Cablegram 12 (extract) LONDON, 9 May 1944, 8.01 p.m.
(Addressed to the Acting Prime Minister, Mr. Forde.)
1. With reference to subparagraph i (IV) of my No. 11  relative
to the review of foreign affairs, the Foreign Secretary stated
that the main duties of the Foreign Office in time of war were-
(i) To give all possible support through the diplomatic channel to
the defence forces in the conduct of operations.
(ii) To lay the foundations during the war for a co-operation of
forces to keep the peace.
2. A cardinal feature of the conduct of the foreign policy had
been to avoid commitments or decisions during war which might at
the peace table prove embarrassing for the future of the world. So
far that policy had been successfully fulfilled. No commitment or
engagement, secret or other, had been contracted with anyone.
3. The Foreign Secretary stated that the principal task which fell
to him to discharge was the preservation of harmony between the
great Allies and specially between the British Empire, the United
States and Russia.
4. The relations with the various United Nations were traversed.
The dominant position of Russia in the Europe of the future and
the paramount importance of ensuring the present close
collaboration and co-operation in the post-war period was
emphasised. The manner in which the Russian Government had
recognised the Badoglio  Government was mentioned as an
illustration of a tendency to separate action though the result
was satisfactory because it had effected a complete change of
attitude in the Communist elements in that country and had given a
broader basis of support to the Badoglio Government.
5. The results of the European Advisory Commission were stated to
be disappointing so far and I am cabling a copy of the note by the
Foreign Office on its work. 
6. There was some discussion on International Communism and I
pointed out that if the Communist Party could throw up
personalities who would attract public attention and support as
the Nazis had done, they might well appeal to oppressed and
discontented elements. I had in mind a strong resurgence of
Russian Nationalism of which there appeared to be so many signs
with the Communist Party in other countries acting as it were as
Russian diplomatic agents. We should aim at establishing as early
as possible some kind of stable Government in the countries which
had been over-run. Clearly all post-war adjustments would
primarily depend on how far we could succeed in our arrangements
with Russia, and how far Russia in fact sincerely intended to
collaborate. We should not be deterred from a world organisation
if Russia was ready to collaborate, merely because we disliked a
particular form of Government. But the leader whom in various
countries we found it wise to support in time of war was not
necessarily the leader for times of peace.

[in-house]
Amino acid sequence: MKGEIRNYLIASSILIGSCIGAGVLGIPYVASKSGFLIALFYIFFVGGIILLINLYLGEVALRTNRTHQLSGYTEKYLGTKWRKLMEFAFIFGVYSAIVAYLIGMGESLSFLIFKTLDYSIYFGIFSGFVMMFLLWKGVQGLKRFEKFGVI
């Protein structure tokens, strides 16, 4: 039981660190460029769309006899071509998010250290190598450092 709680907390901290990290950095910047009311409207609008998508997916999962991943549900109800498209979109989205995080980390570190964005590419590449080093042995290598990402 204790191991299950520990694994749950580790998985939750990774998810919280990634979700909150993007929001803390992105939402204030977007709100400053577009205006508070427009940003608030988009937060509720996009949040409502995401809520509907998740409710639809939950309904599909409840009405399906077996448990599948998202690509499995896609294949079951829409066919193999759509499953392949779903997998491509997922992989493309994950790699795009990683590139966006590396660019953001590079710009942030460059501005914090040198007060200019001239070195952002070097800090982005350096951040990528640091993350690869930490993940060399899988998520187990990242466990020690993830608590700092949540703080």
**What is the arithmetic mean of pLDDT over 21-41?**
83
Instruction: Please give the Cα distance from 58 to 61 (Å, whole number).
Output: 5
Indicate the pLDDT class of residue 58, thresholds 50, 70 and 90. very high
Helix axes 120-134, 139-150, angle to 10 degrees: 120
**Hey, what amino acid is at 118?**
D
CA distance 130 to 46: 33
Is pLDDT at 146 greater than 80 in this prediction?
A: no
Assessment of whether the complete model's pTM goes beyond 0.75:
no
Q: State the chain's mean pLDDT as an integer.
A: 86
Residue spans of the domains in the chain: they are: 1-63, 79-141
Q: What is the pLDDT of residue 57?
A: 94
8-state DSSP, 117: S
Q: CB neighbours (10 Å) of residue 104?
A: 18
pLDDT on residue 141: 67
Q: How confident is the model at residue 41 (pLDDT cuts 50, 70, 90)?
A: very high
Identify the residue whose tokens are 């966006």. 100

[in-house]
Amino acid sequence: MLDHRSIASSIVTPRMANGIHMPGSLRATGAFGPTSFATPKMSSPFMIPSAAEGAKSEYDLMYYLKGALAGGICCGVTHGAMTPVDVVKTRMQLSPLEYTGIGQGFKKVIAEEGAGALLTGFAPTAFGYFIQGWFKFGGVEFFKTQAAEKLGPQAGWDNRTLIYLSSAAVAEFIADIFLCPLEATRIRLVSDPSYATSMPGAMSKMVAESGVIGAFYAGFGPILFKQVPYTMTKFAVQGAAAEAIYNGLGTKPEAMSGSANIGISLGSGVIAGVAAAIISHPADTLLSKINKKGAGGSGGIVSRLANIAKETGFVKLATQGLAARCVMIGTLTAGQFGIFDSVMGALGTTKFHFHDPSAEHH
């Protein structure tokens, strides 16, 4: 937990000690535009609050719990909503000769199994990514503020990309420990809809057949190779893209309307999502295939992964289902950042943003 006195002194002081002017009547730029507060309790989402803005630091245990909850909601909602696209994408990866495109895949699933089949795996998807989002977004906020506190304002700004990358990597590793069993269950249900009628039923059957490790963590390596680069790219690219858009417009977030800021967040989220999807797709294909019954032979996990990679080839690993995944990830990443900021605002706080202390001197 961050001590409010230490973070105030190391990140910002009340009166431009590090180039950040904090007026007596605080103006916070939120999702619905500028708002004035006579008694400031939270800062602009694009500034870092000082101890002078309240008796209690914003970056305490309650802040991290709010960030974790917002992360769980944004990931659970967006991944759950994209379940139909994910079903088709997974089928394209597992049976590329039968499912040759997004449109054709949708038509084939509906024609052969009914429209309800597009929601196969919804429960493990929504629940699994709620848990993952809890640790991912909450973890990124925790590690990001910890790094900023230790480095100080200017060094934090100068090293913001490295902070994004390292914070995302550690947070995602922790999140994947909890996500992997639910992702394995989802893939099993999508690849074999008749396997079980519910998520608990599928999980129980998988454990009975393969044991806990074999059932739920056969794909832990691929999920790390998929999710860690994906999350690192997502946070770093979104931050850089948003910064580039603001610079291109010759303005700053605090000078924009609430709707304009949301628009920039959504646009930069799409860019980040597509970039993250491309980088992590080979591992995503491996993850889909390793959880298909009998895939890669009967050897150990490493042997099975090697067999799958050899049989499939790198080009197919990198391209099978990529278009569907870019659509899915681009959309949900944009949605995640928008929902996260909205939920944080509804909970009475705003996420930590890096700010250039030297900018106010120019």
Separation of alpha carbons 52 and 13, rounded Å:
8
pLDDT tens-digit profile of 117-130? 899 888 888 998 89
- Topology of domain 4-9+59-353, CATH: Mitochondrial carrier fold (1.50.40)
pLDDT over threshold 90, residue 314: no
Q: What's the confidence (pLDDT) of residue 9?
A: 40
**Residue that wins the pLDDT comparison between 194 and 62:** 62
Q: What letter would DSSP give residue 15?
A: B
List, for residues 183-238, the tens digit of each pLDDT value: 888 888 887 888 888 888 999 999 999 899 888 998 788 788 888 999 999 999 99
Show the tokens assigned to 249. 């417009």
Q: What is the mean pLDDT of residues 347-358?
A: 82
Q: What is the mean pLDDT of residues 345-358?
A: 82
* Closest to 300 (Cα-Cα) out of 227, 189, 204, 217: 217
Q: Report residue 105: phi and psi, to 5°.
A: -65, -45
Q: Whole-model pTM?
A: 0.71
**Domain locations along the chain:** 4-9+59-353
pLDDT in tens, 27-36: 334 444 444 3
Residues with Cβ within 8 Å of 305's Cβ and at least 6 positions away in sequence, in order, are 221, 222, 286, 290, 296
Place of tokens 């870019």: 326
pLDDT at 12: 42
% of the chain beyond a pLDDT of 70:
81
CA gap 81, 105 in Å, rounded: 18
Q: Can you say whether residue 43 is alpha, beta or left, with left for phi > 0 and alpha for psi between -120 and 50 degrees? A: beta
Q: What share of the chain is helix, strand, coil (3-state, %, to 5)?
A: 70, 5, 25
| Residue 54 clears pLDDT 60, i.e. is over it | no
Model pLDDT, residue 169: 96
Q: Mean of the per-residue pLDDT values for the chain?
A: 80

7. Mr. Churchill said that the history of the Communist Movement
in relation to the war had been a dispiriting one, having before
the war pressed France and Britain into war when the war started
and Russia did not at once join in they had denounced the war as
Imperialist. When Russia had joined the Allies, they had again
changed their policy. It was understandable that in these
circumstances there should be no relation between the Labour Party
in this country and the Communists, and inevitable that the deep-
rooted suspicions which the British working class entertained of
them should be difficult to eradicate.
8. In regard to France, the Foreign Secretary said that the most
important recent development had been the growth in the authority,
and on the whole he felt in the sense of responsibility, of the
French Committee of National Liberation. The Committee was a
definite and useful guarantee against the adoption of any extreme
policy by General de Gaulle  and had exercised a valuable
restraining influence on him at the time of the Lebanon crisis. A
feature of the Committee was the importance in it of the
resistance groups from France. The Committee had given us a pledge
that there would be elections once France was re-occupied and that
while Allied Forces were occupying France there should be no
executions. France when attacked in 1939 had been a divided
country and that was still the position. It remained to be seen
whether the various warring factions could even now unite. Our
policy would be to give all possible assistance to the elimination
of discords or controversies, both on general grounds and because
after the war a strong and friendly France would be more important
to us than ever.
9. In describing the position of Holland, Belgium and Norway the
Foreign Secretary said that all three countries were now in very
close relations with the United Kingdom and would welcome even
closer relations and, if possible, with France after the war.
10. There was some discussion on China. The Foreign Secretary
stated that the internal position in China had much deteriorated
in the last nine months and relations between Chiang Kai-shek's
 party, the Kuomintang, and the Communist Party had also
deteriorated. There was now a risk of a clash between the
Communist armies and the armies of the Marshal. The situation had
also deteriorated economically and the regime had moved towards
the right and increasingly towards the Soong Oligarchy. 
While the situation was far from stable the United Kingdom
Ambassador in Chungking  thought that China could be relied on
for another year, given the continuance of supplies by air,
although he was not prepared to commit himself further. Nor were
relations between China and Russia good. A recent incident in
Sinkiang had shown that Russia did not want China to have
sovereignty over Outer Mongolia and the possible reactions of a
decision by Russia to join the Allies against Japan on the
position inside China could not be overlooked.
Mr. Churchill emphasised the importance that had to be given to